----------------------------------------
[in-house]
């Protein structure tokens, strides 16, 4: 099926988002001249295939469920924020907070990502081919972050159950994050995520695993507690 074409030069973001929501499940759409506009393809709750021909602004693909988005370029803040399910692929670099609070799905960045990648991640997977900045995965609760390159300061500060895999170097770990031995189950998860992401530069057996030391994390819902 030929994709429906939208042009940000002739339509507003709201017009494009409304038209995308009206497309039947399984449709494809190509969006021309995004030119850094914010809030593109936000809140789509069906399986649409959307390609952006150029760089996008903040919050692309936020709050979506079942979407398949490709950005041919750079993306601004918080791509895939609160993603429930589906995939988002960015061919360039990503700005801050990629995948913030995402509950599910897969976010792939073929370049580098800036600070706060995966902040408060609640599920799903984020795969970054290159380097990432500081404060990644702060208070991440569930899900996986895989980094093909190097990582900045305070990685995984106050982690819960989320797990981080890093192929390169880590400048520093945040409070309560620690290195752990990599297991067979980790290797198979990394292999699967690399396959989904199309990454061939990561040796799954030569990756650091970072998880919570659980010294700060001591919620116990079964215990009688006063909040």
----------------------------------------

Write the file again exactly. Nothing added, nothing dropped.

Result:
[in-house]
């Protein structure tokens, strides 16, 4: 099926988002001249295939469920924020907070990502081919972050159950994050995520695993507690 074409030069973001929501499940759409506009393809709750021909602004693909988005370029803040399910692929670099609070799905960045990648991640997977900045995965609760390159300061500060895999170097770990031995189950998860992401530069057996030391994390819902 030929994709429906939208042009940000002739339509507003709201017009494009409304038209995308009206497309039947399984449709494809190509969006021309995004030119850094914010809030593109936000809140789509069906399986649409959307390609952006150029760089996008903040919050692309936020709050979506079942979407398949490709950005041919750079993306601004918080791509895939609160993603429930589906995939988002960015061919360039990503700005801050990629995948913030995402509950599910897969976010792939073929370049580098800036600070706060995966902040408060609640599920799903984020795969970054290159380097990432500081404060990644702060208070991440569930899900996986895989980094093909190097990582900045305070990685995984106050982690819960989320797990981080890093192929390169880590400048520093945040409070309560620690290195752990990599297991067979980790290797198979990394292999699967690399396959989904199309990454061939990561040796799954030569990756650091970072998880919570659980010294700060001591919620116990079964215990009688006063909040």